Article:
We’ve heard of bodies being donated to science, but would you donate your body to art? An advertisement placed by an Indigenous artist in an Australian newspaper is asking for a volunteer “of British descent” to donate their body to an art project upon their death.
The ad, placed in The Age by palawa artist Nathan Maynard, seeks a British body “to sacrifice for past sins” made during colonization.
Maynard is an Aboriginal Tasmanian performance artist and playwright. According to the BBC, the idea came to him by way of “virtue signaling” on social media, wherein “everyone wants to be seen as a good person”, the artist explained. “But lost is the fact that we’ve still got how many of our people in custody. We still haven’t got that treaty [a legal agreement with the government] in this country.”
While it is unclear what form the final installation will take, the project begins with a selection process for prospective donors.
The body for Maynard’s piece “will be treated with the utmost respect”, despite the fact that it is intended to atone for the atrocities committed during colonialist take over, including theft, mutilation, and unwanted displays of Indigenous bodies by European museums.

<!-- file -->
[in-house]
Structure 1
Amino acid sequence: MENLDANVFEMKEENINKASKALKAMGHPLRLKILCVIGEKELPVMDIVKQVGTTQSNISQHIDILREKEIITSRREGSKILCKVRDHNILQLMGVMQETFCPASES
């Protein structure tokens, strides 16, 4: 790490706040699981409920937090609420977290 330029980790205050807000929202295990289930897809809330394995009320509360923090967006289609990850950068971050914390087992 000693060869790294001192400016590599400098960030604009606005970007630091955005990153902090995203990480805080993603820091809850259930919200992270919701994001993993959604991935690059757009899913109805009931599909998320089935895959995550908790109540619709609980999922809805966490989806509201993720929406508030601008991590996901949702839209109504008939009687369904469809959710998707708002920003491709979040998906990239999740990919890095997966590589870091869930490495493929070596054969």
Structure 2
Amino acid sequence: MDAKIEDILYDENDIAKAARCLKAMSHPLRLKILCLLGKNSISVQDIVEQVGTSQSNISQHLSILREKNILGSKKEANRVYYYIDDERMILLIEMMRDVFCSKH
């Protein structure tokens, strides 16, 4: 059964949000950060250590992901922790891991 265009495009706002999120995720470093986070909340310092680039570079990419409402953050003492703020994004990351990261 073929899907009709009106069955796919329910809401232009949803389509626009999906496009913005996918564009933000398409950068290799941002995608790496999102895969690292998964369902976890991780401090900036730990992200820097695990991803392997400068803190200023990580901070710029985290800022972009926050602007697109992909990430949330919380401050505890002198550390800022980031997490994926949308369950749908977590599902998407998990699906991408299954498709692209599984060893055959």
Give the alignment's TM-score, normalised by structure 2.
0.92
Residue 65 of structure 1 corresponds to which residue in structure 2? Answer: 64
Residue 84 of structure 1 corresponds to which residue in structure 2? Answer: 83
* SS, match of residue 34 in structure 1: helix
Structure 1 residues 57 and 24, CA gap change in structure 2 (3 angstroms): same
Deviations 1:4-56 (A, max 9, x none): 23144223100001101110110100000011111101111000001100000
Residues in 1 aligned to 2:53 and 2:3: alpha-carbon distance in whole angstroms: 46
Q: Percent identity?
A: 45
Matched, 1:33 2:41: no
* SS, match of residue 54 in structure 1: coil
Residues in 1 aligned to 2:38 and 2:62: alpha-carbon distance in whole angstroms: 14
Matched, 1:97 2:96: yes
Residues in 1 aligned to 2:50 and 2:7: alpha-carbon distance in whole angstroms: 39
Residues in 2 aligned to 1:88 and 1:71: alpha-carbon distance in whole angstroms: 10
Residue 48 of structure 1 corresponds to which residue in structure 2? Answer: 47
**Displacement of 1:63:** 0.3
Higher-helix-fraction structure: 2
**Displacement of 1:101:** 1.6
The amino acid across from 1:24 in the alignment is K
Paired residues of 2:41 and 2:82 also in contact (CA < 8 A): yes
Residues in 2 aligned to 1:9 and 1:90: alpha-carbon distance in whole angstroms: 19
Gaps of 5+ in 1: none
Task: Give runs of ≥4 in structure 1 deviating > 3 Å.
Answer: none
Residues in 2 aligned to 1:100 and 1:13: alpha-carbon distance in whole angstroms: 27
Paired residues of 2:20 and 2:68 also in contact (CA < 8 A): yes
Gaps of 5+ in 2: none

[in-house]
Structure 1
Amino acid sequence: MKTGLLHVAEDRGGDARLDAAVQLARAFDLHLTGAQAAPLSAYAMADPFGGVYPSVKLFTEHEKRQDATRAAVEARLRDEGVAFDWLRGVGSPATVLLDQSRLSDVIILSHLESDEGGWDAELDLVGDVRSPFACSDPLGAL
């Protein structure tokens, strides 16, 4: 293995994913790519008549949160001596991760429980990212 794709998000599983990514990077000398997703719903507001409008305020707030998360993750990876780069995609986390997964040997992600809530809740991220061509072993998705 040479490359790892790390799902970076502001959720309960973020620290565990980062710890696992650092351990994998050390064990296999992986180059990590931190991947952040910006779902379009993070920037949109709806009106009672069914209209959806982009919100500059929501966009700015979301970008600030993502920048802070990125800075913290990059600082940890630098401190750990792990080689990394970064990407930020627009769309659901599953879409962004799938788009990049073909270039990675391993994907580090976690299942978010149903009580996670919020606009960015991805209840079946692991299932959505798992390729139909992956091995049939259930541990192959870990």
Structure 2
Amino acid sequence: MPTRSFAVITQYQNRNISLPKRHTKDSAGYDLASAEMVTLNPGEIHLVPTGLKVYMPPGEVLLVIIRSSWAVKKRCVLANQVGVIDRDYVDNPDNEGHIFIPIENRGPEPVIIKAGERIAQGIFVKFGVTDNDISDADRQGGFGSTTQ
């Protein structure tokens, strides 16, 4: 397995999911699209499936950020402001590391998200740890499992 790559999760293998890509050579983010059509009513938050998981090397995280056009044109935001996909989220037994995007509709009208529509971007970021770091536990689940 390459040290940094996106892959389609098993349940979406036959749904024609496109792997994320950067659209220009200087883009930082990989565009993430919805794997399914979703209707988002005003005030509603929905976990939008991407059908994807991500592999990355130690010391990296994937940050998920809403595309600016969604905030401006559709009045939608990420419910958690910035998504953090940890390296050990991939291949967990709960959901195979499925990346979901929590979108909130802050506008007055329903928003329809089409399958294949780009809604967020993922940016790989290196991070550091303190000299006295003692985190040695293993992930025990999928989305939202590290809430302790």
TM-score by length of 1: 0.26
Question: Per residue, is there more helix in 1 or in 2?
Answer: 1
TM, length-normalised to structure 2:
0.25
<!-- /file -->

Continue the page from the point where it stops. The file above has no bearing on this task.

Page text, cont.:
The piece is expected to be in the Current arts festival in Hobart in November. The Tasmanian Museum and Art Gallery (TMAG), a festival sponsor, is allowing the work due to its own misuse of Aboriginal bodies and artifacts. Two years ago, the museum issued a formal apology for having “participated in practices, including the digging up and removal, the collection, and the trade of, ancestral remains of Tasmanian Aboriginal people… largely in the name of racial sciences [which] have long been entirely discredited”.
Over the last 30 years, the remains of more than 1,650 Aboriginal and Torres Strait Islander people have been returned to Australia, according to data from the Australian Institute of Aboriginal Torres Strait Islander Studies. The government, however, claims that some additional 1,500 bodies are currently held by collecting institutions and private holders across more than 20 countries.
The remains of 108 people who died more than 40,000 years ago were reinterred last year after being illegally excavated without permission in the 1960s and ’70s.